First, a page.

Federal trade officials asked representatives for Suniva and SolarWorld to justify their request for tariffs on imported solar equipment on Tuesday, marking the latest step in a case that threatens to upend the U.S. solar industry.
The 10-hour hearing at the International Trade Commission in Washington, D.C. drew dozens of solar industry leaders, foreign diplomats and activists sporting t-shirts that read, "Save America's Solar Jobs, No New Solar Tariffs."
Executives for the troubled solar manufacturers told the agency’s four commissioners that tariffs and price minimums are needed to revive their industry, which has been crushed by cheap imports from Asia.
“Quite simply, we need the commission’s help to save solar manufacturing in the United States,” said SolarWorld CEO Juergen Stein.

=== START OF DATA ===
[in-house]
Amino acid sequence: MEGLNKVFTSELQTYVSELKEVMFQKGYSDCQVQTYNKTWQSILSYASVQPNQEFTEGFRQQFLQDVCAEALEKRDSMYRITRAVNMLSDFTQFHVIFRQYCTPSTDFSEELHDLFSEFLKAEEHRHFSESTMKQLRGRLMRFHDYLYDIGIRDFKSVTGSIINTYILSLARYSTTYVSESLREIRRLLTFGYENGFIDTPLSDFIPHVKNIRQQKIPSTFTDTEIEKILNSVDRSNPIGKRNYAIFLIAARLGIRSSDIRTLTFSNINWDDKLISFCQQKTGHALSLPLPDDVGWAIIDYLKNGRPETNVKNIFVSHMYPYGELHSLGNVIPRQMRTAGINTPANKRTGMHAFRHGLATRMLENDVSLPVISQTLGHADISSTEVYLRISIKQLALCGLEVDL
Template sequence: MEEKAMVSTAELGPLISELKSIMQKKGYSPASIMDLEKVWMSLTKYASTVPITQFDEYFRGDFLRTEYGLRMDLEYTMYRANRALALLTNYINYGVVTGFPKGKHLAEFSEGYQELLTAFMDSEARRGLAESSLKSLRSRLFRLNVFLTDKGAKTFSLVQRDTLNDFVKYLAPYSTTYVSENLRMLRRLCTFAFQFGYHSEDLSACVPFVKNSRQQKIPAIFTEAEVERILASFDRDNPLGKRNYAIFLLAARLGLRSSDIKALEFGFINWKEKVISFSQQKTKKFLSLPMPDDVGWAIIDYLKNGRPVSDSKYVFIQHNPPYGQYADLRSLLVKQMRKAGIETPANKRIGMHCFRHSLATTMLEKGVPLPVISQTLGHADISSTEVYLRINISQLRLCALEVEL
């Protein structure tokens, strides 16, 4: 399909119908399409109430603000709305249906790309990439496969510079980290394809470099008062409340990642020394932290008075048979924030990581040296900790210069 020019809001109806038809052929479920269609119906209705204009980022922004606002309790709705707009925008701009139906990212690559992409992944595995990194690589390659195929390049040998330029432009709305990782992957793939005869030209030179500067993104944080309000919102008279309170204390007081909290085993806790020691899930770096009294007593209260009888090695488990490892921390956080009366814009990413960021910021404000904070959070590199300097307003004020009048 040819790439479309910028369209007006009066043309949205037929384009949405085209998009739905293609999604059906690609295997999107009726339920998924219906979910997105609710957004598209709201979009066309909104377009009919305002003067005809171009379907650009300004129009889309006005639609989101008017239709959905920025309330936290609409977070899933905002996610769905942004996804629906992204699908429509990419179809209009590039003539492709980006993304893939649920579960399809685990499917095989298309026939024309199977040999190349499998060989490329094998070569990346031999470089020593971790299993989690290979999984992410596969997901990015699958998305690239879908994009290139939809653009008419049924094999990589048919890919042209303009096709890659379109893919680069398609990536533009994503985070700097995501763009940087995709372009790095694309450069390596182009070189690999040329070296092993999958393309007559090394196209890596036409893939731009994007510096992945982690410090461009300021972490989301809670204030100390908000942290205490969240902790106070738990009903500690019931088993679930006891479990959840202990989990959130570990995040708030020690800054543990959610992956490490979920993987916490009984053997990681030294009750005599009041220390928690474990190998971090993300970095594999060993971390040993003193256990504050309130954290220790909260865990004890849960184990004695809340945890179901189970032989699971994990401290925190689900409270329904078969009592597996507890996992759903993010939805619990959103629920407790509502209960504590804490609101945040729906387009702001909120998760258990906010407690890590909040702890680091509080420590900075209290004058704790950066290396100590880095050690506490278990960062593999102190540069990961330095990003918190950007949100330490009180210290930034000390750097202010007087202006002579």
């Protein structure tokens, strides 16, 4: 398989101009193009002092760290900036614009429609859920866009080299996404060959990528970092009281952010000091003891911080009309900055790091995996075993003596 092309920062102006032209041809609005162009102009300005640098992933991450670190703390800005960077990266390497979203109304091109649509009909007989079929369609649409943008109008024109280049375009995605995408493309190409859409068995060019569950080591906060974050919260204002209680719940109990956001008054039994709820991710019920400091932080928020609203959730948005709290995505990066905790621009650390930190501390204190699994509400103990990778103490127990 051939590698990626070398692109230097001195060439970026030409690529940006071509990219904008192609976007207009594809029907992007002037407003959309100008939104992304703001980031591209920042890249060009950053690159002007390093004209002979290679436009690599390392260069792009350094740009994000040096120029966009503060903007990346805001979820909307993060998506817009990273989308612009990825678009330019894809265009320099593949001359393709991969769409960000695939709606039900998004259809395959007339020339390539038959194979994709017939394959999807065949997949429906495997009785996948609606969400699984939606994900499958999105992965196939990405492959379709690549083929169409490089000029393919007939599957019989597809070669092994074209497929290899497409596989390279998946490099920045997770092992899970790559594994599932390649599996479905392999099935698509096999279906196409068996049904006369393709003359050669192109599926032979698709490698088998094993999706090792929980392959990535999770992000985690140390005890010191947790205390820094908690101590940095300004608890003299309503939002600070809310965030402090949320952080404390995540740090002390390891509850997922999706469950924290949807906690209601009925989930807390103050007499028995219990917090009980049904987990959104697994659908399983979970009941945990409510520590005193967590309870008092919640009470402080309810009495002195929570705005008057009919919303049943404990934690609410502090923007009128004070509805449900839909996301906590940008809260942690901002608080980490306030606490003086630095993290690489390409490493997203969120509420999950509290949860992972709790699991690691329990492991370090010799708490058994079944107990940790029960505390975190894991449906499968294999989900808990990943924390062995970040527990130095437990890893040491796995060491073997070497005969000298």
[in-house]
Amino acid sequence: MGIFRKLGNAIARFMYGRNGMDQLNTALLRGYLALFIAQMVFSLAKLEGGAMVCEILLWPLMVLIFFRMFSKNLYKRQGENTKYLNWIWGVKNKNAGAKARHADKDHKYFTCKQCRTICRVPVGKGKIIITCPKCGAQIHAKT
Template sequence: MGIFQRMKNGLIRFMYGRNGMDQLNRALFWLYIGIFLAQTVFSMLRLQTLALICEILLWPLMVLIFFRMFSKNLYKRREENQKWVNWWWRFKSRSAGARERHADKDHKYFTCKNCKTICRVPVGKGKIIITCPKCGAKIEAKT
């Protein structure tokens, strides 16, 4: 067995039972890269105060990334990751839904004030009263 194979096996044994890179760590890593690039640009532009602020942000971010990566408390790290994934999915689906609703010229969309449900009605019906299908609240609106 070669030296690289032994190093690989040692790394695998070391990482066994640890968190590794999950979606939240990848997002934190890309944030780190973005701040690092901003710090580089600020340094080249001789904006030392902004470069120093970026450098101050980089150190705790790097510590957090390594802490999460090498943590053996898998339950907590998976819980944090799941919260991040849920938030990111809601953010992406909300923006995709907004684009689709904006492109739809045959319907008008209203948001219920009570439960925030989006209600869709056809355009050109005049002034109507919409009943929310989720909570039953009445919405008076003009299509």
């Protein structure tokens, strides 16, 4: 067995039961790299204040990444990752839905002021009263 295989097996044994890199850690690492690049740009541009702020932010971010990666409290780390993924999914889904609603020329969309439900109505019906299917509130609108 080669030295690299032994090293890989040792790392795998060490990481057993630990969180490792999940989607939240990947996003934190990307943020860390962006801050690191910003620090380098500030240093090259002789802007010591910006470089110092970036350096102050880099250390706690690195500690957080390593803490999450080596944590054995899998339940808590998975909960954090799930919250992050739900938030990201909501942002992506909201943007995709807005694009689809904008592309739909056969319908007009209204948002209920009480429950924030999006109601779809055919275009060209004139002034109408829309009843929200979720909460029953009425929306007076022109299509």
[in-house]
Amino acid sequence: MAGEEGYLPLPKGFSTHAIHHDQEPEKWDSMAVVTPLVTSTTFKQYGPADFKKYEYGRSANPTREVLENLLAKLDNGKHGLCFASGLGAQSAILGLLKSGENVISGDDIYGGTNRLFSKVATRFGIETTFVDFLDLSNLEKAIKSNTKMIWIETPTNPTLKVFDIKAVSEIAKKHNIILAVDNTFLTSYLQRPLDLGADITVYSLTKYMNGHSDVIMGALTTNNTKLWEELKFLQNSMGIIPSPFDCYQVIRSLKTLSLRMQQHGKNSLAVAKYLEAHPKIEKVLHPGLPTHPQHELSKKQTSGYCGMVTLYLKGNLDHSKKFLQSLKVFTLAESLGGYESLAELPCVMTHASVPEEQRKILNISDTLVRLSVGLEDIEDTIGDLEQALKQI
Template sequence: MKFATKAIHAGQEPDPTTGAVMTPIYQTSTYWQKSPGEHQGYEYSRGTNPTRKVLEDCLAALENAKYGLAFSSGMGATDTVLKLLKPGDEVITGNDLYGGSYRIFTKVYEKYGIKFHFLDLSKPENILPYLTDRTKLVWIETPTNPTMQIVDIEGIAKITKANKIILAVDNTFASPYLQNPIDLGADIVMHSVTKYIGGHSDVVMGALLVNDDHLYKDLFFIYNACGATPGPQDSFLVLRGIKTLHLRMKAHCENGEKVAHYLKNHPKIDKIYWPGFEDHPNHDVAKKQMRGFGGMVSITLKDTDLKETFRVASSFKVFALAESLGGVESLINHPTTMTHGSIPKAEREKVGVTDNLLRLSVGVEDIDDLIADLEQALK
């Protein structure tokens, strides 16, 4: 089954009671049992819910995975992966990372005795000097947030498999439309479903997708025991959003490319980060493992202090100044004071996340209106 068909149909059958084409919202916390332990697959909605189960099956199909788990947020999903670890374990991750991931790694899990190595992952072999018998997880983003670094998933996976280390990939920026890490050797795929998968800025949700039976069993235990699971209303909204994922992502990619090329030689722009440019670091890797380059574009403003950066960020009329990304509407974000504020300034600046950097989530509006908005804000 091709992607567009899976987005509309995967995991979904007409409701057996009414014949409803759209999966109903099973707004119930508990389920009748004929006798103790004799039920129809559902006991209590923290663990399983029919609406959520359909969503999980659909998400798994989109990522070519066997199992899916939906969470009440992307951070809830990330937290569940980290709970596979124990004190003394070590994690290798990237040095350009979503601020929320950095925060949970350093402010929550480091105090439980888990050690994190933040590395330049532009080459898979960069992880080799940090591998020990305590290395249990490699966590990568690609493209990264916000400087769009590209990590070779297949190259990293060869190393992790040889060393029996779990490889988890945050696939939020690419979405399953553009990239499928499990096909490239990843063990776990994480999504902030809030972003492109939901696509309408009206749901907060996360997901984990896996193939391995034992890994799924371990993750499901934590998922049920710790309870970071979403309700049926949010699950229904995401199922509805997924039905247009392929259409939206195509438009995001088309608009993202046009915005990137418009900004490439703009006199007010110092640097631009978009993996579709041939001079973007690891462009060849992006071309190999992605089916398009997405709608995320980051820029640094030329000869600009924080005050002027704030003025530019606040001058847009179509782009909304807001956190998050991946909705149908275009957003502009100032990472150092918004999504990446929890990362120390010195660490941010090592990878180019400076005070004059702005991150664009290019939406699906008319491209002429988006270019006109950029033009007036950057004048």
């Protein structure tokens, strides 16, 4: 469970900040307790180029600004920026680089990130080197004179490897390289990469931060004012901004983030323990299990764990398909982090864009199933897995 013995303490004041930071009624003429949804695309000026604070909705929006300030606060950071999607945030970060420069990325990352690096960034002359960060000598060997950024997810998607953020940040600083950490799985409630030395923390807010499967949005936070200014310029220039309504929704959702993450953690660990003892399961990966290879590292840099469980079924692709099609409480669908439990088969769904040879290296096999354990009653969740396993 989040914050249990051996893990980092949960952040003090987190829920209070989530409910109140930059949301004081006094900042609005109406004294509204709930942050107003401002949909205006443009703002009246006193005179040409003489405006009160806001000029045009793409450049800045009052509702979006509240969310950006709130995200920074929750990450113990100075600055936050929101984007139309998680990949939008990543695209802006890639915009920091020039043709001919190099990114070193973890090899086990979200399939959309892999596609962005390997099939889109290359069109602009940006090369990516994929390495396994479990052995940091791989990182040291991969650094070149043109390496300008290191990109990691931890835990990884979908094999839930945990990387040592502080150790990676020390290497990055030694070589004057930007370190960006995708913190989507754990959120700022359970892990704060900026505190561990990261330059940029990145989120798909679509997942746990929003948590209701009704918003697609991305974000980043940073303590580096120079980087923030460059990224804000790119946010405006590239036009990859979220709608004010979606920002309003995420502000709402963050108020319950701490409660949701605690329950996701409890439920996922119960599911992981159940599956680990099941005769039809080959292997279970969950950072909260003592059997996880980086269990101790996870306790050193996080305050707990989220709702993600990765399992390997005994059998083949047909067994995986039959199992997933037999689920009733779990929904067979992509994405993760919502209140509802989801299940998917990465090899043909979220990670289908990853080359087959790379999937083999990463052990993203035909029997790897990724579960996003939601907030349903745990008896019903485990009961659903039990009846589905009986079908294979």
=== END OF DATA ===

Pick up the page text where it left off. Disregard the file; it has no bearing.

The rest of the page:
The companies are calling for duties of 40 cents per watt on imported cells and a floor price of 78 cents per watt on modules. If the commission approves the request, it could destroy 88,000 jobs in installation, sales and construction, according to estimates by the Solar Energy Industries Association.
“What would you recommend might help the broader solar industry?” asked Commissioner Meredith Broadbent.
“We’re not out to kill the industry,” said Matt Card, Suniva’s VP of commercial operations. “We are very open to a solution that works for all parties.”
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